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Deviations in Linguistics

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  • Last Update March 1, 2021

Description

       Deviation

“A phenomenon in which a set of rules is broken in some way.”

There are five main types of deviation which are Lexical Deviation, Morphological Deviation, Syntactic Deviation, Phonological Deviation and Semantic Deviation. Now we’ll discuss all of them one by one.

 

 

  1. Lexical Deviation:

 

“Coining of entirely new words is called lexical deviation” It is also called neologism.

In stylistics lexical deviation refers to a new word or expression or a new expression for an old word used only on a particular occasion.

(NONCE-FORMATION) we call new words nonce-formations if they are made for a single occasion only

a. Affixation: The prefix fore is used before “tell” and “see”. But T.S Eliot uses the term “foresuffer” in his The Waste Land. ”And I Tiresias have foresuffered all”

b. Functional Conversion: She boyed her hair. “Don’t be such a harsh parent, father!” “Don’t father me!” — H. G. Wells

c. Compounding:

  1. Related
  2. Unrelated

Compounds usually have a word that is the most important one it is called the head, while the other word is usually the modifier.

d. Malapropism: Humorous confusion of words. Use of an incorrect word in place of a word with a similar sound

e.g. contagious countries for contiguous countries

Electrical votes for electoral votes

He is as strong as an allegory. (Alligator)

 

 

 

  1. Morphological Deviation:

 

“Morphological deviation is an intentional deviation from the ordinary spelling, formation, construction, or application, of words.”

Example:  motel, smog, brunch, telecast.

 

 

 

  1. Syntactic Deviation

 

“Syntactic deviation refers to departures from normal (surface) grammar.” These include use of

1) bad or incorrect grammar and 2) syntactic rearrangement/ hyperbaton

Examples:

I doesn’t like him.

I know not

Saw you anything?

He me saw.

She walks in beauty, like the night (Byron)

Beauty is truth, truth beauty (Keats)

 

 

 

 

  1. Phonological Deviation:

Omission

  • Aphesis – the omission of an initial part (unstressed vowel)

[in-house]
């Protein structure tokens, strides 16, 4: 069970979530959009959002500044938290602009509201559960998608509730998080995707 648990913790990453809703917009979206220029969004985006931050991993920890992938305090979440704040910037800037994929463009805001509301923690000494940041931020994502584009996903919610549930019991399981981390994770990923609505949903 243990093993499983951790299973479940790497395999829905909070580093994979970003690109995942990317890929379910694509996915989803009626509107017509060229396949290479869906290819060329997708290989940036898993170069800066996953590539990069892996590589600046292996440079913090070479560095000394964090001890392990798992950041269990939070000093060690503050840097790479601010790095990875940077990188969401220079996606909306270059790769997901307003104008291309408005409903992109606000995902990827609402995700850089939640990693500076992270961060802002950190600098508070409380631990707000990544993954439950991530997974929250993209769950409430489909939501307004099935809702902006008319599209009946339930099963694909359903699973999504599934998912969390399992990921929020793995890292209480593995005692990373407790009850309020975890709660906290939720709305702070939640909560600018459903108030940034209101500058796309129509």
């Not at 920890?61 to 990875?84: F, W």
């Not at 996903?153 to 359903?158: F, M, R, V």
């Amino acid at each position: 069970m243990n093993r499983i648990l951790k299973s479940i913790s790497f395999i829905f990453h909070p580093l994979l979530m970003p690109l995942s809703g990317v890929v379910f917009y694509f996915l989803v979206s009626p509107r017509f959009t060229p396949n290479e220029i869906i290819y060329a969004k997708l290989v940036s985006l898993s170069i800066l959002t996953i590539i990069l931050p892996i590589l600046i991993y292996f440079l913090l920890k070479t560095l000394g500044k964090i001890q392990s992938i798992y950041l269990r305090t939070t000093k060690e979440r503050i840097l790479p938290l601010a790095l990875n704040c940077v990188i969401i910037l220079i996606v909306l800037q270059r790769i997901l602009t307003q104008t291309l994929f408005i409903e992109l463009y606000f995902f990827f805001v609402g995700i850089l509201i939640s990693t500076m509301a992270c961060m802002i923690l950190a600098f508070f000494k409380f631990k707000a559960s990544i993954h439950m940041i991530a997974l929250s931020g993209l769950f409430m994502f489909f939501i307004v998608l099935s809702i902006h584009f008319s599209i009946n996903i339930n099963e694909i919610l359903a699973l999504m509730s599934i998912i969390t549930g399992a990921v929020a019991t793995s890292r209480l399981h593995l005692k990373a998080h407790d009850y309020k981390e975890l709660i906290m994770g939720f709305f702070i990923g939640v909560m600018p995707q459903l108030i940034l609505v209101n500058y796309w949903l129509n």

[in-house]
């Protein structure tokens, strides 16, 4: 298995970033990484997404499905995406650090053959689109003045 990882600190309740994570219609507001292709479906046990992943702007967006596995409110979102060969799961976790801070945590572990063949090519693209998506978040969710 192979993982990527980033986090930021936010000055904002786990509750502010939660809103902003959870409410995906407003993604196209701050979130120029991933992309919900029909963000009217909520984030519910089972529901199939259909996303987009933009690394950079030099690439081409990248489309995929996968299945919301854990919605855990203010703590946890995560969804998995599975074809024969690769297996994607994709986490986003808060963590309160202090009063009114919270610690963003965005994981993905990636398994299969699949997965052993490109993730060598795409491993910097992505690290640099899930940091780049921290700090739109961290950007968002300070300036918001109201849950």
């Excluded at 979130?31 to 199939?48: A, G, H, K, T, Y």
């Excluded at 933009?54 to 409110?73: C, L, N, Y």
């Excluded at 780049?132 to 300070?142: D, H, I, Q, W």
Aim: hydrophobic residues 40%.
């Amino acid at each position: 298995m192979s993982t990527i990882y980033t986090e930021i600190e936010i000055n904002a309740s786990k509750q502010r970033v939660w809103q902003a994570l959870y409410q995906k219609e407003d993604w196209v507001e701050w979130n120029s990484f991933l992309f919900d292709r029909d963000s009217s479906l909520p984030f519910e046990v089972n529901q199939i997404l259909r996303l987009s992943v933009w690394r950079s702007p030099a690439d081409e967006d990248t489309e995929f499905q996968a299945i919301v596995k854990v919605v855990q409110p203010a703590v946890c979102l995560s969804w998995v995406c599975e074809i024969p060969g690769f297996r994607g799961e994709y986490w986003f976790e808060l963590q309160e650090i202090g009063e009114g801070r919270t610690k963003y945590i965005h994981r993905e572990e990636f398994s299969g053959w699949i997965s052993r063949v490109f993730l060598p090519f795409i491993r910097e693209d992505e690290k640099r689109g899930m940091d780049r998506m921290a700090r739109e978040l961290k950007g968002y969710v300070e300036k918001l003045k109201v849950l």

amid = ‘mid; alone =‘lone ß

  • Syncope – the omission of a medial part of a word.

never = ne’er ; over = o’er

  • Apocope – the omission of a final part of a word

all = a’ ; with = wi’; of =o’ ; often = oft

 

 

 

 

  1. Semantic Deviation:

 

“Semantic deviation is defined as meaning relations that are logically inconsistent or paradoxical in some ways.”

 

It is divided into:

a. Semantic oddity

b. Transference of meaning

c. Honest Deception

 

a. Semantic oddity: Semantic oddity means semantic strangeness of expression. It is of five types.

i. Pleonasm: Repetition of same sense in different words.

Example: a true fact, a free gift

ii. Periphrasis: an expression which is of unnecessary length.

Example: using did go instead of went, more intelligent in place of cleverer

iii. Tautology: a statement that is vacuous and self-evidently true. Or a statement which is true in all circumstances.

Example: I met him personally.

Either he will pass or he won’t pass.

iv. Oxymoron: Conjoining two contradictory terms.

Example: deafening silence, clearly confused, act naturally

v. Paradox: self-contradictory statement.

Example: Save money by spending it over the poor

This is beginning of the end

b. Transference of Meaning: According to Leech’s classification, it is classified into four types of figurative language:

i. Synecdoche

A figure of speech in which a part is used to represent the whole or whole is used to represent a part. Wheels for car, Pakistan won cricket wordcup

ii. Metonymy: substitution based on association.  “The throne” refer to “monarchy” pen for written words. Sword for military aggression

iii. Metaphor (substitution based on relation)

iv. Simile (two things are brought together and asserted to be one)

 

c. Honest Deception:

Leech classifies it into three tropes:

i. Hyperbole: exaggeration not meant to be taken literally.

I ‘m so hungry that I can eat a cow.

He can lift over two tons.

I must have walked a hundred miles.

ii. Litotes: It’s an understatement which always involves negation. It’s a sentiment express ironically by negating its contrary. It is an expression which uses negation to state a positive

It’s not a rocket science.

It isn’t the brightest bulb in the box.

She isn’t unkind

iii. Irony: Contrast between appearance and actual reality.

 

These are the basic deviations in linguistics. Authors and writers deviate to make their writings different, vivid and catchy. These deviations make a writing attractive for the readers. After going through these deviations, one can understand the methods of writing of authors.

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Waseem Ahmad

Lecturer in English at UCMS

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